\int^{\infty}_0 g(t)dt = 1 + \frac{1}{10} + \frac{1}{100^2} + .... = \frac{1}{1 - \frac{1}{10}} = \frac{10}{9}

One can think of the graph of g as a series of disjoint “rectangles”, each of width \frac{1}{100^n} and height 10^n The rectangles get skinnier and taller as n goes to infinity and there is a LOT of zero height in between the rectangles.

notexponentialorder

Needless to say, the “boxes” would be taller and skinnier.

Note: this is an example can be easily modified to provide an example of a function which is l^2 (square integrable) which is unbounded on [0, \infty) . Hat tip to Ariel who caught the error.

It is easy to compute the Laplace transform of g :

G(s) = \int^{\infty}_0 g(t)e^{-st} dt . The transform exists if, say, s \geq 0 by routine comparison test as |e^{-st}| \leq 1 for that range of s and the calculation is easy:

G(s) = \int^{\infty}_0 g(t)e^{-st} dt = \frac{1}{s} (1-e^{-s}) + \frac{1}{s} \sum^{\infty}_{n=1} (\frac{10}{e^s})^n(1-e^{\frac{-s}{100^n}})

Note: if one wants to, one can see that the given series representation converges for s \geq 0 by using the ratio test and L’Hoptial’s rule.

September 20, 2013

Ok, have fun and justify this…

Filed under: calculus, popular mathematics, Power Series, series, Taylor Series — Tags: — collegemathteaching @ 7:59 pm

1233403_10151855199510419_2048104904_n

Ok, you say, “this works”; this is a series representation for \pi . Ok, it is but why?

Now if you tell me: \int^1_0 \frac{dx}{1+x^2} = arctan(1) = \frac{\pi}{4} and that \frac{1}{1+x^2} =  \sum^{\infty}_{k=0} (-1)^k x^{2k} and term by term integration yields:
\sum^{\infty}_{k=0} (-1)^k \frac{1}{2k+1}x^{2k+1} I’d remind you of: “interval of absolute convergence” and remind you that the series for \frac{1}{1+x^2} does NOT converge at x = 1 and that one has to be in the open interval of convergence to justify term by term integration.

True, the series DOES converge to \frac{\pi}{4} but it is NOT that elementary to see. πŸ™‚

Boooo!

(Yes, the series IS correct…but the justification is trickier than merely doing the “obvious”).

May 29, 2013

Thoughts about Formal Laurent series and non-standard equivalence classes

I admit that I haven’t looked this up in the literature; I don’t know how much of this has been studied.

The objects of my concern: Laurent Series, which can be written like this: \sum^{\infty}_{j = -\infty} a_j t^j ; examples might be:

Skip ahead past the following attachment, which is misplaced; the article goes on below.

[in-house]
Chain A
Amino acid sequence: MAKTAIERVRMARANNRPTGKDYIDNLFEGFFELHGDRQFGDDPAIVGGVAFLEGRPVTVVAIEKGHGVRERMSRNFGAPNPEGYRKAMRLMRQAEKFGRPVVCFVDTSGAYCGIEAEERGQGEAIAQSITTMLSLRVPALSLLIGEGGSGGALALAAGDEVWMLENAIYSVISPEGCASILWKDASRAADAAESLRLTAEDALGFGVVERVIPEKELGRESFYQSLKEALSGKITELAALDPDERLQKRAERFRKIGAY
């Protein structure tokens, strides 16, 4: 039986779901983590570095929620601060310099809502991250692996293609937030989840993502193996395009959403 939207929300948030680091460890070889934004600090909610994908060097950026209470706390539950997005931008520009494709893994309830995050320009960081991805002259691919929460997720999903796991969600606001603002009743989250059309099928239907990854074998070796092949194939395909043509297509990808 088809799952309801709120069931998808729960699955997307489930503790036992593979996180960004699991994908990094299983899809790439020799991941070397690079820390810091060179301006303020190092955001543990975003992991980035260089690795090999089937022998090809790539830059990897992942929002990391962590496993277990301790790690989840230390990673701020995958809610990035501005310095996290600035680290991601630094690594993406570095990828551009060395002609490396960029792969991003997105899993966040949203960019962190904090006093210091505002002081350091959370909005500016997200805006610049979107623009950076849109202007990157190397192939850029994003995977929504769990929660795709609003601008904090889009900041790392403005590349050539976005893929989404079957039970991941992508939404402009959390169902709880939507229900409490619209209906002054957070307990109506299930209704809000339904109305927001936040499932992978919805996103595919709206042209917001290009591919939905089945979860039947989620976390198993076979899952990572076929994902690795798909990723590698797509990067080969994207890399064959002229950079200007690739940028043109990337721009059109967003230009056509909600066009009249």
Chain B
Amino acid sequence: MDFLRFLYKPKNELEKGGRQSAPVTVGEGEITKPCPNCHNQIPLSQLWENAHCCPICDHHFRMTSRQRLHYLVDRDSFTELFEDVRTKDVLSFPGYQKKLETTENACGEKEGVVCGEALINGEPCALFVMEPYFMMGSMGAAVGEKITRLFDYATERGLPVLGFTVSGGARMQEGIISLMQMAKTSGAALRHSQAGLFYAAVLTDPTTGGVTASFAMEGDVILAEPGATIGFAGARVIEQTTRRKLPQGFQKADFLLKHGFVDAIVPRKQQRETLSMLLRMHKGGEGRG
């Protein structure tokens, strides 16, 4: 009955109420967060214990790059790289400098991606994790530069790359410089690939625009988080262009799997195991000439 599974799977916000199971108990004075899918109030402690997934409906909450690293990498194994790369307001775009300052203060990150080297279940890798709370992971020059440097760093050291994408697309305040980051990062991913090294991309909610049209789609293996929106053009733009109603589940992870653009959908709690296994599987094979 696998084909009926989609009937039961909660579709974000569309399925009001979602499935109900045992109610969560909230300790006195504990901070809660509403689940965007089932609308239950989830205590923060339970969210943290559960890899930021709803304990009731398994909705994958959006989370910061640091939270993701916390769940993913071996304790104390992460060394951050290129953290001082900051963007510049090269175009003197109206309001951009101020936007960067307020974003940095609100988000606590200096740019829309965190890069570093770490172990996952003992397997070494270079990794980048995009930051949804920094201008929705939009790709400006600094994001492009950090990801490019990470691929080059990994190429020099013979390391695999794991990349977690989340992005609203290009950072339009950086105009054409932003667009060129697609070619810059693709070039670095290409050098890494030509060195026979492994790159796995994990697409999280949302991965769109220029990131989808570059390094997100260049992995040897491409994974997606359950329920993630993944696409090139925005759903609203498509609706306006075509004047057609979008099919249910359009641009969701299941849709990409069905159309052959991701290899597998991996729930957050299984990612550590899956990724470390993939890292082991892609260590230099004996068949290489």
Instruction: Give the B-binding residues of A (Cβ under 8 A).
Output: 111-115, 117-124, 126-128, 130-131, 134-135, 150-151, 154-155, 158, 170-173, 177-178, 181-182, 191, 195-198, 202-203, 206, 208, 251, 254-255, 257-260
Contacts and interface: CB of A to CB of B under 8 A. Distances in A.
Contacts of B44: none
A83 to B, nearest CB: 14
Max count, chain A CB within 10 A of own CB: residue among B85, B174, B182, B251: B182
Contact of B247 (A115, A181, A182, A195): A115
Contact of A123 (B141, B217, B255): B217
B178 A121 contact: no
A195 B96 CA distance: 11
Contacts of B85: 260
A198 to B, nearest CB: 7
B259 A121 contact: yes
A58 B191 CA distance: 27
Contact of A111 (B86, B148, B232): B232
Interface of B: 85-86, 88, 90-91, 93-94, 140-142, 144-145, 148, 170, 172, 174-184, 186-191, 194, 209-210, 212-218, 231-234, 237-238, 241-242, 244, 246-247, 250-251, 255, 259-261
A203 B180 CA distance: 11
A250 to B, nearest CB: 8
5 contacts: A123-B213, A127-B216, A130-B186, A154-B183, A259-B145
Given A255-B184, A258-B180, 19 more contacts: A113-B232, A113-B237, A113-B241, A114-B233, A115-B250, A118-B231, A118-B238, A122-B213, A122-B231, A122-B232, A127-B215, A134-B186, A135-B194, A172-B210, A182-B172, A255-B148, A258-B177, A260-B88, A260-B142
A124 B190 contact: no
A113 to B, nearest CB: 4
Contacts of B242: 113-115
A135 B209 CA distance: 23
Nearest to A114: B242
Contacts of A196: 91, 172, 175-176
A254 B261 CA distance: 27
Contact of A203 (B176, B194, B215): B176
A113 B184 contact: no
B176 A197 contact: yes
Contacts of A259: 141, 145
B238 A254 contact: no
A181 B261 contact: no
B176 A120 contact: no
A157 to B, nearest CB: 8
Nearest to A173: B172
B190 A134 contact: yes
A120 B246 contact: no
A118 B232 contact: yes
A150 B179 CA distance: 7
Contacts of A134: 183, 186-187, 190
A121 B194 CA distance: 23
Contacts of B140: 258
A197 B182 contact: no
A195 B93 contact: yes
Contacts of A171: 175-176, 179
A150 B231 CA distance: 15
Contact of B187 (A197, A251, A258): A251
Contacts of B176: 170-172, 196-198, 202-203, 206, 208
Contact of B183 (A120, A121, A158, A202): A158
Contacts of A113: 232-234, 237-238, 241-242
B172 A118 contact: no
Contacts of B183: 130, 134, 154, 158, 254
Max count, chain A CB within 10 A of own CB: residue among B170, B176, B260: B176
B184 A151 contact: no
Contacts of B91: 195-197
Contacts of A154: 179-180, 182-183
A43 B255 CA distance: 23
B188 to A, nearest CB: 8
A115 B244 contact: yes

...-2t^{-2} + -1t^{-1} + 0 + t + 2t^2 ... = \sum^{\infty}_{j = -\infty} j t^j . I’ll denote these series by p(t) .

Note: in this note, I am not at all concerned about convergence; I am thinking formally.

The following terminology is non-standard: we’ll call a Laurent series p(t) of “bounded power” if there exists some integer M such that a_m = 0 for all m \ge M ; that is, p(t) = \sum^{k}_{j = -\infty} j t^j for some k \le M .

Equivalence classes: two Laurent series p(t), q(t) will be called equivalent if there exists an integer (possibly negative or zero) k such that t^k p(t) = q(t) . The multiplication here is understood to be formal “term by term” multiplication.

Addition and subtraction of the Laurent series is the usual term by term operation.

Let p_1(t), p_2(t), p_3(t)....p_k(t).... be a sequence of equivalent Laurent series. We say that the sequence p_n(t) converges to a Laurent series p(t) if for every positive integer M we can find an integer n such that for all k \ge n, p(t) - p_k = t^M \sum^{\infty}_{j=1} a_j t^j ; that is, the difference is a non-Laurent series whose smallest power becomes arbitrarily large as the sequence of Laurent series gets large.

Example: p_k(t) = \sum^{k}_{j = -\infty} t^j converges to p(t) = \sum^{\infty}_{j = -\infty} t^j .

The question: given a Laurent series to be used as a limit, is there a sequence of equivalent “bounded power” Laurent series that converges to it?
If I can answer this question “yes”, I can prove a theorem in topology. πŸ™‚

But I don’t know if this is even plausible or not.